Sex in the Sixties: “Lady Chatterley’s Lover” and the Pill

The PIll in the Sixties

Sex was complicated in the ’60s.  Women wanted to get laid but they didn’t want to get pregnant or the clap.  

Many critics and sociologists believe sex became less complicated for women in the ‘60s.  In Celia Brayfield’s brilliant book,  Rebel Writers:  The Accidental Feminists, she attributes this phenomenon in Britain to two events:  the legal publication in 1960 of the unexpurgated edition of D. H. Lawrence’s Lady Chatterley’s Lover (formerly banned) and the introduction of the birth control pill by the NHS in 1961.

I want to add here that many counterculture women in the U.S. did not consider the pill safe, and opted for other methods of birth control—the diaphragm, the IUD, condoms, and tubal ligation.  

Still, I am fascinated by Celia Brayfield’s interpretation.  

In Britain the “age of ignorance” began to fade away in the early sixties, with a loosening of general attitudes towards sex.  In 1960 a pivotal moment arrived when Penguin Books was acquitted of the charge of publishing obscene material in its edition of Lady Chatterley’s Lover—a book in which the word “fuck” appeared eight times on one page.  In the words of Geoffrey Robertson QC, one of Britain’s leading liberal lawyers, “No other jury verdict has had such a profound social impact.”  A few months later, in 1961, the contraceptive pill, which was almost 100% effective, became available for the first time through the National Health Service, but only to married women, although a very small number of specialist clinics accepted patients without worrying about their marital status.  By 1964, half a million women in Britain were using oral contraception and it was made legally available to women from 1967, although the provision was not widespread and restricted to special clinics for some years afterwards.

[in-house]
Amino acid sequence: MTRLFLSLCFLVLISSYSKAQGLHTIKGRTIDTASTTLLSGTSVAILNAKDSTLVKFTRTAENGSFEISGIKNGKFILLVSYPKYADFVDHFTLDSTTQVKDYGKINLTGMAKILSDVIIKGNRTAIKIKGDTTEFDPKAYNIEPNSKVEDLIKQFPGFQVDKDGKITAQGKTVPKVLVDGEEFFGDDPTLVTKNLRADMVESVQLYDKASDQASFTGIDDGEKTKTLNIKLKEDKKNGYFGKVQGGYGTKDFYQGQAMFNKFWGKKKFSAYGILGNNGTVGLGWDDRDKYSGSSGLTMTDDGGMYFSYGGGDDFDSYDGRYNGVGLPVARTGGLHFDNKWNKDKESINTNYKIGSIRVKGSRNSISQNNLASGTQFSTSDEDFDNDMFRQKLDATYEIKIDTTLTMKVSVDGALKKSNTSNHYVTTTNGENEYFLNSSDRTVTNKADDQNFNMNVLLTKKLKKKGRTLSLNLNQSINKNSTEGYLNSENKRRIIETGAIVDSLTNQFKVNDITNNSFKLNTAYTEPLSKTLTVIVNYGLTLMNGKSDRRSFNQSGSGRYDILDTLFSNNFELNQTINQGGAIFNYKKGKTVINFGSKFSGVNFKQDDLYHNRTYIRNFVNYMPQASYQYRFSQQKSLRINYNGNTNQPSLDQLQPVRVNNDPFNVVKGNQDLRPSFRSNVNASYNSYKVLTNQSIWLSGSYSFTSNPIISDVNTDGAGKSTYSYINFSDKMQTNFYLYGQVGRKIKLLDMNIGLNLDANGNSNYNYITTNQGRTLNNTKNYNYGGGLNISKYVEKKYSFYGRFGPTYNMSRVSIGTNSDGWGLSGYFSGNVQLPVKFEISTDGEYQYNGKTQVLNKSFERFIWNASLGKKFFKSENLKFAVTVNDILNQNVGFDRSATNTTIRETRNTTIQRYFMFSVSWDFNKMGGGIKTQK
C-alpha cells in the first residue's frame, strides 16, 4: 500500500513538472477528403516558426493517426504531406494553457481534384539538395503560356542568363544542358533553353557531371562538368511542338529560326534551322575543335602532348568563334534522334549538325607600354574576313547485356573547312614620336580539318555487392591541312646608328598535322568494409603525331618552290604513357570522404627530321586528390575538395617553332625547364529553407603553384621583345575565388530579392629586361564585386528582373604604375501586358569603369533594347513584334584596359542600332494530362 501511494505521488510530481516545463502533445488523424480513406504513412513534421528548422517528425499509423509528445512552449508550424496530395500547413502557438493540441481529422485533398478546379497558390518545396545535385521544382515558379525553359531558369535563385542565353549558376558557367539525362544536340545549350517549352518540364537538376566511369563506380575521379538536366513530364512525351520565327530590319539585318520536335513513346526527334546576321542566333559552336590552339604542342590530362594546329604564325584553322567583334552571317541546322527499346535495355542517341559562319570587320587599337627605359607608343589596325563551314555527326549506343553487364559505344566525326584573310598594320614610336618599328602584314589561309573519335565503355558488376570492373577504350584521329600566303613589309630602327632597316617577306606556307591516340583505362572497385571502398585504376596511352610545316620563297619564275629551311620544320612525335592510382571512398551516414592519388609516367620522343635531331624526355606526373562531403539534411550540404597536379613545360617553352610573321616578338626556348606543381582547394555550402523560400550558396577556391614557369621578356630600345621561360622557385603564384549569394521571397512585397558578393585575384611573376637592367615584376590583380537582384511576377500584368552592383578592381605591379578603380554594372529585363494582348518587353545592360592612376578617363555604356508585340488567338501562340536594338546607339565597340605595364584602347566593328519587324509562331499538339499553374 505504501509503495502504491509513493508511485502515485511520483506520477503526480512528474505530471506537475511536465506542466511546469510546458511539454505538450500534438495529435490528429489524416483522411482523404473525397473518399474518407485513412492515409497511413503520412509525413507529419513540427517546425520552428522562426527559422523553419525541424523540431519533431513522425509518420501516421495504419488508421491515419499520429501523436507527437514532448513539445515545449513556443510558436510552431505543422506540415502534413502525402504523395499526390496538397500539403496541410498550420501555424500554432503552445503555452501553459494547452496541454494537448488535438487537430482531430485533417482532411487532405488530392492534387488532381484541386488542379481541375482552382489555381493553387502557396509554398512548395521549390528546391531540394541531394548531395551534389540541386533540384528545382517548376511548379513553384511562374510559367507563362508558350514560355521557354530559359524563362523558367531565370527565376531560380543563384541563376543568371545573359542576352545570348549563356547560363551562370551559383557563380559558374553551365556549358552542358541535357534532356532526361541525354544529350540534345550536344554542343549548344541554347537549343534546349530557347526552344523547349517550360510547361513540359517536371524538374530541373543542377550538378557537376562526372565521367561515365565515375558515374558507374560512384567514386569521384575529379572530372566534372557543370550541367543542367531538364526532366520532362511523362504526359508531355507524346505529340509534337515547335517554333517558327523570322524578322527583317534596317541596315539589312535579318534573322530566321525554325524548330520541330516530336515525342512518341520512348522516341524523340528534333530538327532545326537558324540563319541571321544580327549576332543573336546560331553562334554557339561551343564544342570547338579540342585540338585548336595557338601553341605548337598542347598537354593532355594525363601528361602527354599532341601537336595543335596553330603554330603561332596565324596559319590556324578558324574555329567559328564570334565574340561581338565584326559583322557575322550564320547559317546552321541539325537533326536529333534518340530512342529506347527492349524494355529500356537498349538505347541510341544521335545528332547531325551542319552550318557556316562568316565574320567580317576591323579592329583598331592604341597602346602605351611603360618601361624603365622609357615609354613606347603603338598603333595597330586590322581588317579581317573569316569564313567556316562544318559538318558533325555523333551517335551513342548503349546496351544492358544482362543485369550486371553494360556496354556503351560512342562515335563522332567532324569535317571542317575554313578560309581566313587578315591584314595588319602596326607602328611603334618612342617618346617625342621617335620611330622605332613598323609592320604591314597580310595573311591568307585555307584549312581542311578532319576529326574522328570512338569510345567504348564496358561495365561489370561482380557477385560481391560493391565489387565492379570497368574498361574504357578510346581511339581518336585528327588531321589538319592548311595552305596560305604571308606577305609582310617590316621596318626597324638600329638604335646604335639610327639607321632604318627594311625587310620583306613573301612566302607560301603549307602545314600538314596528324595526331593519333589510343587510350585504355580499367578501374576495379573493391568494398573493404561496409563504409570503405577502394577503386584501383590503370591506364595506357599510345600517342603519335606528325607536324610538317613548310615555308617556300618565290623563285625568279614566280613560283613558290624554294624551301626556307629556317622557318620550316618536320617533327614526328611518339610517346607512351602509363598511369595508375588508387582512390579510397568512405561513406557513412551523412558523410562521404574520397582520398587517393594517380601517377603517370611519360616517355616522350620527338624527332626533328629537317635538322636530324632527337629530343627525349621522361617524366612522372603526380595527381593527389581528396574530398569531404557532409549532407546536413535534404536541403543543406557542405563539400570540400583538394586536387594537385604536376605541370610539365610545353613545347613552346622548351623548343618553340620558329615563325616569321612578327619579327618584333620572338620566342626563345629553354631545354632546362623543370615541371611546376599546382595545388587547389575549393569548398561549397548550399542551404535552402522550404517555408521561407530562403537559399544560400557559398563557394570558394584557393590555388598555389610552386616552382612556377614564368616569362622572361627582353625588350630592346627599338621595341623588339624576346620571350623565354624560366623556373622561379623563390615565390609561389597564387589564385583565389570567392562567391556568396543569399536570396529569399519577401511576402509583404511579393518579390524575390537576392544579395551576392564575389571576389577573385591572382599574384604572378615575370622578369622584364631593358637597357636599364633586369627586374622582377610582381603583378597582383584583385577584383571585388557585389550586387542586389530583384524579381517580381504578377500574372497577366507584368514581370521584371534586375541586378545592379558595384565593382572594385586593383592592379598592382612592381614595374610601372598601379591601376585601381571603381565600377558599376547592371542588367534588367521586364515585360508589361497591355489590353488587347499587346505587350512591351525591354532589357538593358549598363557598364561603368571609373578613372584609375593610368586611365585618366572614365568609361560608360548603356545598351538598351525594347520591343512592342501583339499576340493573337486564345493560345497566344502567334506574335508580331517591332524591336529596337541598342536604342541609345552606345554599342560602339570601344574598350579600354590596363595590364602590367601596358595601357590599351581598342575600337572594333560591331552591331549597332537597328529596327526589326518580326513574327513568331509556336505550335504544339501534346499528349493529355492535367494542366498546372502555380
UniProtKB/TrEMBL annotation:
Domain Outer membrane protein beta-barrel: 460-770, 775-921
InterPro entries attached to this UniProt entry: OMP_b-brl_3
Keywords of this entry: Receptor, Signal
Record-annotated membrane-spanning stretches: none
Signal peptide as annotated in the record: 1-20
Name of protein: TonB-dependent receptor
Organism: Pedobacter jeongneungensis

Brayfield delves into social history as well as literary analysis in this fascinating study of seven women writers of the ’60s:  Shelagh Delaney, Edna O’Brien, Lynne Reid-Banks, Charlotte Bingham, Nell Dunn, Virginia Ironside and Margaret Forster.

I strongly recommend Rebel Writers, but I wonder if Lady Chatterley’s Lover had that great an impact on women?  Most of Lawrence’s books are erotic.

But it’s about the censorship, of course.  Attitudes were changing.  The unexpurgated edition of LCL was published by Grove Press in 1959 in the U.S.

It’s not as good as The Rainbow, though.

Yoga Before Dawn & Other Delusions

This morning I had a dramatic thought when I opened my eyes at five o’clock.  I will start a new exercise regimen.  I will do yoga every day, I said to myself peppily.  Doing yoga before dawn would be the equivalent of imbibing a mystical drug that reveals the meaning of life.  And I loved the image of myself as a graceful aging woman who does Sun Salutations.

Alas, I am not delusional.  I will never be that stretchy woman.  I might lift an occasional hefty book over my head, but I have no time for yoga.  As I drank coffee and read my book, I forgot about doing the Downward Dog.

Aging is a long wrangle with flexibility, strength, expensive facial creams, and cardiovascular exercise.  And you learn that you grow older even if you stretch, lift weights, cut carbs, constantly moisturize, run, bicycle, and go to the gym.

Not surprisingly, my  favorite exercise is going to the bookstore. I recently walked there, going the long way, climbing up and down hills.  I wasn’t out of breath, but I was surprisingly tired.  Once there, I sank into a chair exhausted.   The real reason I read the first few chapters of the new novel by Elif Sharak was that I was too tired to go home.

The next day, my hamstrings were ridiculously tight.